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Prob. Code, § 6453, subd. (b)(2), requires an affirmative representation of paternity that is unconcealed and made in open view. But although the representation must be a public one, in the sense of being made in open view, the statute does not require an announcement to the world, an official action, or an affectionate fatherly intent. Each case depends upon its own circumstances as to whether an affirmative representation was unconcealed and made in open view. While it is not required in order to constitute public acknowledgment that the father declare his paternity under all circumstances, it would be opposed to the idea of public acknowledgment if he deliberately refrained from declaring his paternity when the occasion would naturally demand it; or misrepresented the fact, or remained silent when he would reasonably be expected to announce he was the father of the child, as, for instance, in the case of immediate relatives. Nor does a person publicly acknowledge a child by revealing the child's existence to persons who are not likely to make public what the decedent had said to them on such a subject, but rather to accept it as a matter of confidence, to be kept secret.
Amine Britel died intestate in 2011. Appellant Jackie S., the mother of A.S., a child born out of wedlock, petitioned to administer Amine's estate and for A.S. to be declared Amine's heir under Probate Code section 6453, subdivision (b)(2) (section 6453(b)(2)). Under section 6453(b)(2), a nonmarital child may establish that he or she is the natural child of an intestate decedent by proving the decedent “openly held out the child as his own.” The court denied appellant’s petitions, and granted the petition of Amine’s adult sister to administer the decedent’s estate, which listed Amine’s mother as Amine’s surviving parent.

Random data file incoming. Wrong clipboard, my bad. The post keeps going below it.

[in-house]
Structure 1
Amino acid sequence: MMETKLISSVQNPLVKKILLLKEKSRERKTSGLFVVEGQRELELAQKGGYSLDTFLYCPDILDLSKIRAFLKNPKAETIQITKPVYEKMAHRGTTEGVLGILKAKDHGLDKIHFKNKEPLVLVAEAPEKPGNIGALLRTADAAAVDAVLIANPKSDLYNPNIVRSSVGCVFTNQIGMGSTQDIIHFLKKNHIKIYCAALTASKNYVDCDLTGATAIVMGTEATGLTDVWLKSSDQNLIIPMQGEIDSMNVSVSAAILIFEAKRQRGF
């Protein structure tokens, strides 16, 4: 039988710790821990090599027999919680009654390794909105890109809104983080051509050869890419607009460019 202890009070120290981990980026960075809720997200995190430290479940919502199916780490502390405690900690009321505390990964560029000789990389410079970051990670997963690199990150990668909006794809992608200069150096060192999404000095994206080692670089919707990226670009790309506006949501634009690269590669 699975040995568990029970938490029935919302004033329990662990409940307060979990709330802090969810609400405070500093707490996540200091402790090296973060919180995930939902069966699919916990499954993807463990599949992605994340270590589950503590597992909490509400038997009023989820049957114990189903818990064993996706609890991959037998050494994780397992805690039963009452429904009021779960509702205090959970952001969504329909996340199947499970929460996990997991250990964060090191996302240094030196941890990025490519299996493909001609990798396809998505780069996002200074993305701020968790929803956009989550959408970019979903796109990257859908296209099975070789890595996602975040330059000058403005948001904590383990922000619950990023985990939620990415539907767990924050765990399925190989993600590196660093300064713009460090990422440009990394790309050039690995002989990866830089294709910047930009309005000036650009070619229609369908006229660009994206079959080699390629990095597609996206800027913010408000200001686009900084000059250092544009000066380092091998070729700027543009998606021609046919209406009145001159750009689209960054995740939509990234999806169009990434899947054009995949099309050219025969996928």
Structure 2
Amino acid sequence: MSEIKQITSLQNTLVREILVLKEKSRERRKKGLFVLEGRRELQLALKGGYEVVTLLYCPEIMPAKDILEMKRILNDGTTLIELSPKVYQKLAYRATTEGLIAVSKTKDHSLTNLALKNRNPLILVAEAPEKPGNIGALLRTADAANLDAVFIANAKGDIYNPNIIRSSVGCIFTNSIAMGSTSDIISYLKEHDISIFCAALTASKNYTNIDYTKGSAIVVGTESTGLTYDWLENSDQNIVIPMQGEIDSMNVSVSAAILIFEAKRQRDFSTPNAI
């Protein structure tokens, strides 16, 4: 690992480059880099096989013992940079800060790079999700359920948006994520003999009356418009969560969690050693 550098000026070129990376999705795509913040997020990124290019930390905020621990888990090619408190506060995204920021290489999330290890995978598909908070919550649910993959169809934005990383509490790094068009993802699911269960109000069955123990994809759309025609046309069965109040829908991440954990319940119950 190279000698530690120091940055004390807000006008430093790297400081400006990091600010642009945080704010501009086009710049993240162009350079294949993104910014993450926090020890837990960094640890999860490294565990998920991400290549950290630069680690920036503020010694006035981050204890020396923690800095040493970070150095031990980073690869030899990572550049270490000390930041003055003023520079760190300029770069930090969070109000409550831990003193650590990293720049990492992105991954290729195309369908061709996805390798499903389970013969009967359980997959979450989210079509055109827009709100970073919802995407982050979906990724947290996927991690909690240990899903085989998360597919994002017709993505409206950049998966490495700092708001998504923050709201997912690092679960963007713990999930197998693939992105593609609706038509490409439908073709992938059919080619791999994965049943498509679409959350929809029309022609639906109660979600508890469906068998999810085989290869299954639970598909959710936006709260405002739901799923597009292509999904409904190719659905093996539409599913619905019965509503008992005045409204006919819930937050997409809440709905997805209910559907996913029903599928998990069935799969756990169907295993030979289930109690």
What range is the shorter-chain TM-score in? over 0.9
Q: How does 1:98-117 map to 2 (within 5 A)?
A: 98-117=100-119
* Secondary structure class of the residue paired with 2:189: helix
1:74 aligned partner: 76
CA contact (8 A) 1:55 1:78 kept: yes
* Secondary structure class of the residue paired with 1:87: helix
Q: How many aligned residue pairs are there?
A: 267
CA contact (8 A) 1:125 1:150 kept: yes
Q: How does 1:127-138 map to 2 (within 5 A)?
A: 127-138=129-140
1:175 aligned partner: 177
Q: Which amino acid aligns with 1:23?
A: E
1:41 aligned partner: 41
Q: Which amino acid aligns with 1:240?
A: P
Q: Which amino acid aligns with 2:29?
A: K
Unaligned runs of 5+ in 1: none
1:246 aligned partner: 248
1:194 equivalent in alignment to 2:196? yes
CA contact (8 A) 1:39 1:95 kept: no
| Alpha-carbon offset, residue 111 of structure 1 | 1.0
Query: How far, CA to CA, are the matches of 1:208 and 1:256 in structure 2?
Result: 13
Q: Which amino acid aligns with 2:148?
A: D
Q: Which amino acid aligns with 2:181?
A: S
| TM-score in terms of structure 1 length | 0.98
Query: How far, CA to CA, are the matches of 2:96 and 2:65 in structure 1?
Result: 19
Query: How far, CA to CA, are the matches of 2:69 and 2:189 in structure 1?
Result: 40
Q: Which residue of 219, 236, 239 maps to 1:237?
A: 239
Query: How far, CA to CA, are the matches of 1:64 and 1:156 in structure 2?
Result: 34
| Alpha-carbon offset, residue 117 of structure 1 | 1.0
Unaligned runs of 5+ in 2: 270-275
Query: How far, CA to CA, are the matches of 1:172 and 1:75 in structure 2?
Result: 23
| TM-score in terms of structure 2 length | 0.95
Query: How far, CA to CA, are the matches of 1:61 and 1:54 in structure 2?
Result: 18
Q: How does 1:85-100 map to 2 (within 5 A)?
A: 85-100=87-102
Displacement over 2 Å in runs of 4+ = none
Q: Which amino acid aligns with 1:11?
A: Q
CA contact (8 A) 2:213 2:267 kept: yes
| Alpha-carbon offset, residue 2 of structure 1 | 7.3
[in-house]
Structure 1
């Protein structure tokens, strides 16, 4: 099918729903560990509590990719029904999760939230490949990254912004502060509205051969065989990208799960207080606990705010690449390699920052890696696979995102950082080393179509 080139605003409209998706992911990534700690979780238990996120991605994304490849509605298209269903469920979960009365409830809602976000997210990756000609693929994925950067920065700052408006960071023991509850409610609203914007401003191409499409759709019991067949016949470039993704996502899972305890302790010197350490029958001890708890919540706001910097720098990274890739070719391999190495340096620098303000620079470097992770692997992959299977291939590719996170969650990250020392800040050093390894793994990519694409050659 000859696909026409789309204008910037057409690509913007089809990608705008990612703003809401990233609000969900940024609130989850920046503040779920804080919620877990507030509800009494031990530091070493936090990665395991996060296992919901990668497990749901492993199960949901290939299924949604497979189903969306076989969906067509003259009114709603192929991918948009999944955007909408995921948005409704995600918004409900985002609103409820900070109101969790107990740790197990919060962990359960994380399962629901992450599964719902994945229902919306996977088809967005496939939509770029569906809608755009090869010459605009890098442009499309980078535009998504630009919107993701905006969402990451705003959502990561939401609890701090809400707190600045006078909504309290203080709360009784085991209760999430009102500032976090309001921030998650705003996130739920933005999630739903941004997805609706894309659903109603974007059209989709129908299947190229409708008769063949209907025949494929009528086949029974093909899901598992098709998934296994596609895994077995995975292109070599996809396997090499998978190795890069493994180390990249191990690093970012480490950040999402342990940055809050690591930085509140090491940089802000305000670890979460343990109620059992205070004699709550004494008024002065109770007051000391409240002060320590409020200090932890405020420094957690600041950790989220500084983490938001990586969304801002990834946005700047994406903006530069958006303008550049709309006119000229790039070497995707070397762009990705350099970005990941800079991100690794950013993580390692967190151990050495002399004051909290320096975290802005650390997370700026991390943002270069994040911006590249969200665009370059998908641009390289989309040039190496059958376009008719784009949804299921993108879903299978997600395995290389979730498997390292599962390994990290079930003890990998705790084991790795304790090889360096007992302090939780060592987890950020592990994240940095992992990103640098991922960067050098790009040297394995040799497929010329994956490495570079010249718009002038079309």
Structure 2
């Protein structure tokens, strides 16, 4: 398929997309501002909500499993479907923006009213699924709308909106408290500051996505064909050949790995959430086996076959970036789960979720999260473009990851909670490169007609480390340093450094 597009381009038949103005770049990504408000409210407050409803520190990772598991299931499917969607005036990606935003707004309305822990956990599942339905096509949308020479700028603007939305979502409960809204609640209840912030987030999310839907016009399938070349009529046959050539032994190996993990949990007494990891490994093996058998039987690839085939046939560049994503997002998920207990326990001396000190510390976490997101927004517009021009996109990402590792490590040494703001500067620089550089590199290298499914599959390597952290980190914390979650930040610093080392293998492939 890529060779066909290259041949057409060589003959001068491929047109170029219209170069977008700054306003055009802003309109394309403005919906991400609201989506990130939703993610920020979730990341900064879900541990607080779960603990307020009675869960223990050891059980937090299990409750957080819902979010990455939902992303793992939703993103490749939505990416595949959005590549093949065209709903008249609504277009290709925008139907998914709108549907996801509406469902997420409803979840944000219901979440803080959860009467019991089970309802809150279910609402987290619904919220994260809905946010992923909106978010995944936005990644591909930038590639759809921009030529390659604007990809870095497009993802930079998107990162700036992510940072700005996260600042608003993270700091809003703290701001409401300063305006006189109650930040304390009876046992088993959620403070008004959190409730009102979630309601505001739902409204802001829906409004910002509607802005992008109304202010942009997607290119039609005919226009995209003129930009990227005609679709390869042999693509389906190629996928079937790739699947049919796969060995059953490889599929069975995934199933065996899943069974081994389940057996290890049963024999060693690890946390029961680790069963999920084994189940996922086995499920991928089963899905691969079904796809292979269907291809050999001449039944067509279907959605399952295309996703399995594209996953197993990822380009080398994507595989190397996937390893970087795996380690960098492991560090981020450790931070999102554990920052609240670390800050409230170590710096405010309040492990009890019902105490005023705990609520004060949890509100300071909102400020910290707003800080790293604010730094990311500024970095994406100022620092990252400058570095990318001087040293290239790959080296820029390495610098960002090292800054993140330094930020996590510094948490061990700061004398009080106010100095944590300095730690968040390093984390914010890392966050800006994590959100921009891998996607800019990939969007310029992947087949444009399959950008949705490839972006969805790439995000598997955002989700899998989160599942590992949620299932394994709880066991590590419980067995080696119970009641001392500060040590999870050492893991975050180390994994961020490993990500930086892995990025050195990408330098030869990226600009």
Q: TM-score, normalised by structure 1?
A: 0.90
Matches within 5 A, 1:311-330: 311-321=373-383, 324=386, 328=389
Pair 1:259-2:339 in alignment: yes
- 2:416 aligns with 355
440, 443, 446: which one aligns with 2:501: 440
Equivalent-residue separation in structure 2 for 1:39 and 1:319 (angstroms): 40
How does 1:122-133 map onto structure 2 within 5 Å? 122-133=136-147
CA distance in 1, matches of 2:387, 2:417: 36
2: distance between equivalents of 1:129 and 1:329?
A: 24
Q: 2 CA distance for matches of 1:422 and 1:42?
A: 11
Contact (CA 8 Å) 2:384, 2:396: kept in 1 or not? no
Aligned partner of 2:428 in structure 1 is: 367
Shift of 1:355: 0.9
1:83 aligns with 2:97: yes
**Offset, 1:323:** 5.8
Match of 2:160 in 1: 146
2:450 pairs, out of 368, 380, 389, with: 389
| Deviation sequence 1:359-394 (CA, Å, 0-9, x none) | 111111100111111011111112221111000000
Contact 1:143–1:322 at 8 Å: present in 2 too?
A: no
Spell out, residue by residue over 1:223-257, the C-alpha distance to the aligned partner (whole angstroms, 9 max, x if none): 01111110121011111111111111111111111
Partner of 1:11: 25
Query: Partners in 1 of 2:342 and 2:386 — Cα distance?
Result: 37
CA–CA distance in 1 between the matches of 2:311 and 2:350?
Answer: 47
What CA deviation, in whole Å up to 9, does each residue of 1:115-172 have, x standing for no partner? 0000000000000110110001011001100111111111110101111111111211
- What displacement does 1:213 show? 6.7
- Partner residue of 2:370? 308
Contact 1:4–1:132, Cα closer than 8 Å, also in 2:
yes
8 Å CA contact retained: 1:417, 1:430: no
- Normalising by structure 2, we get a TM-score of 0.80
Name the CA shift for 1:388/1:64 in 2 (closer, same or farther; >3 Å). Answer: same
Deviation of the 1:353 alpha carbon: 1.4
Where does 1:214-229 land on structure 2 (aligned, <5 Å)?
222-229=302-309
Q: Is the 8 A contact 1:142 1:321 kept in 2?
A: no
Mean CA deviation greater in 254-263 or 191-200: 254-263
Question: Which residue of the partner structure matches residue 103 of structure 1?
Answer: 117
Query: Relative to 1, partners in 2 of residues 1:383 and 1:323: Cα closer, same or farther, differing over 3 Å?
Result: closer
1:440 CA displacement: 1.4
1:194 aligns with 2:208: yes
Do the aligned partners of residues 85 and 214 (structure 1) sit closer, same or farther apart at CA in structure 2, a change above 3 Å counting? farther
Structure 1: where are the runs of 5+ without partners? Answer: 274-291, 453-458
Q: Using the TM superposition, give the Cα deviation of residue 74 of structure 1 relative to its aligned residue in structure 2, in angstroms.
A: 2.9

Under the circumstances, should A.S. have been declared as the heir of the intestate decedent?
The Court of Appeal affirmed the order. The court held that Prob. Code, § 6453, subd. (b)(2)'s phrase “openly held out” required the alleged father to have made an unconcealed affirmative representation of his paternity in open view. But although the representation must be a public one, in the sense of being made in open view, the statute did not require an announcement to the world, an official action, or an affectionate fatherly intent. Each case depends upon its own circumstances as to whether an affirmative representation was unconcealed and made in open view. In the absence of a court decree or enforceable contract, a decedent's estate was not generally liable for the support of a minor. Substantial evidence supported the trial court's finding that the decedent did not openly hold out the child as his child. There was no evidence that, after the child's birth, the decedent acknowledged paternity in any way.